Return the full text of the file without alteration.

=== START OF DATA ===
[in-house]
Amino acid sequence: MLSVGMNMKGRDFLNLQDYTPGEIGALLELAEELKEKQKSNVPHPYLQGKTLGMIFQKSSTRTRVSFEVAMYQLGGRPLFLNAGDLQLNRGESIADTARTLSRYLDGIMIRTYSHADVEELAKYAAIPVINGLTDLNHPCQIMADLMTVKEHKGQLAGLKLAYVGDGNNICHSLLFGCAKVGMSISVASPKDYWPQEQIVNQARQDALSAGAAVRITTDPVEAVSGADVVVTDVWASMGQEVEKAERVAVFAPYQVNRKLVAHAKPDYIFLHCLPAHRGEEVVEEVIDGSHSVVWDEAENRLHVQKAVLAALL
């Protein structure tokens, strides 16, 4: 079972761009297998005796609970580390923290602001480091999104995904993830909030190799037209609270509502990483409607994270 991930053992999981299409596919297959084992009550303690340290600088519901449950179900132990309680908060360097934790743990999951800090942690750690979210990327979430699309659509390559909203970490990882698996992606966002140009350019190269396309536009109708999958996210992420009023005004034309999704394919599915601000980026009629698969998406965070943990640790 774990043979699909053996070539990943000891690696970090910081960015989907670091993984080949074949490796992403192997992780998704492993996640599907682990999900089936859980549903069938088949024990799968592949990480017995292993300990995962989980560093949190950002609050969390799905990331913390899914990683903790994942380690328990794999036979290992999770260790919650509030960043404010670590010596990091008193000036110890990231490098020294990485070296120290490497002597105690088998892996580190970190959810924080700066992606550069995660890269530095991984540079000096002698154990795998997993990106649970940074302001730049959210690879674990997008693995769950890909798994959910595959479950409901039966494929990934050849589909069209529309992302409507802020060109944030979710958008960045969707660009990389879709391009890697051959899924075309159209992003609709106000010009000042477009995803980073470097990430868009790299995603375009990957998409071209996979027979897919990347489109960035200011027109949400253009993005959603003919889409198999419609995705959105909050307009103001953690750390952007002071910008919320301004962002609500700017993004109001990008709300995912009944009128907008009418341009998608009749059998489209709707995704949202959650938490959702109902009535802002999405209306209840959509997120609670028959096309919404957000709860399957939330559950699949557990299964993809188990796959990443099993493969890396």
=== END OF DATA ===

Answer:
[in-house]
Amino acid sequence: MLSVGMNMKGRDFLNLQDYTPGEIGALLELAEELKEKQKSNVPHPYLQGKTLGMIFQKSSTRTRVSFEVAMYQLGGRPLFLNAGDLQLNRGESIADTARTLSRYLDGIMIRTYSHADVEELAKYAAIPVINGLTDLNHPCQIMADLMTVKEHKGQLAGLKLAYVGDGNNICHSLLFGCAKVGMSISVASPKDYWPQEQIVNQARQDALSAGAAVRITTDPVEAVSGADVVVTDVWASMGQEVEKAERVAVFAPYQVNRKLVAHAKPDYIFLHCLPAHRGEEVVEEVIDGSHSVVWDEAENRLHVQKAVLAALL
């Protein structure tokens, strides 16, 4: 079972761009297998005796609970580390923290602001480091999104995904993830909030190799037209609270509502990483409607994270 991930053992999981299409596919297959084992009550303690340290600088519901449950179900132990309680908060360097934790743990999951800090942690750690979210990327979430699309659509390559909203970490990882698996992606966002140009350019190269396309536009109708999958996210992420009023005004034309999704394919599915601000980026009629698969998406965070943990640790 774990043979699909053996070539990943000891690696970090910081960015989907670091993984080949074949490796992403192997992780998704492993996640599907682990999900089936859980549903069938088949024990799968592949990480017995292993300990995962989980560093949190950002609050969390799905990331913390899914990683903790994942380690328990794999036979290992999770260790919650509030960043404010670590010596990091008193000036110890990231490098020294990485070296120290490497002597105690088998892996580190970190959810924080700066992606550069995660890269530095991984540079000096002698154990795998997993990106649970940074302001730049959210690879674990997008693995769950890909798994959910595959479950409901039966494929990934050849589909069209529309992302409507802020060109944030979710958008960045969707660009990389879709391009890697051959899924075309159209992003609709106000010009000042477009995803980073470097990430868009790299995603375009990957998409071209996979027979897919990347489109960035200011027109949400253009993005959603003919889409198999419609995705959105909050307009103001953690750390952007002071910008919320301004962002609500700017993004109001990008709300995912009944009128907008009418341009998608009749059998489209709707995704949202959650938490959702109902009535802002999405209306209840959509997120609670028959096309919404957000709860399957939330559950699949557990299964993809188990796959990443099993493969890396």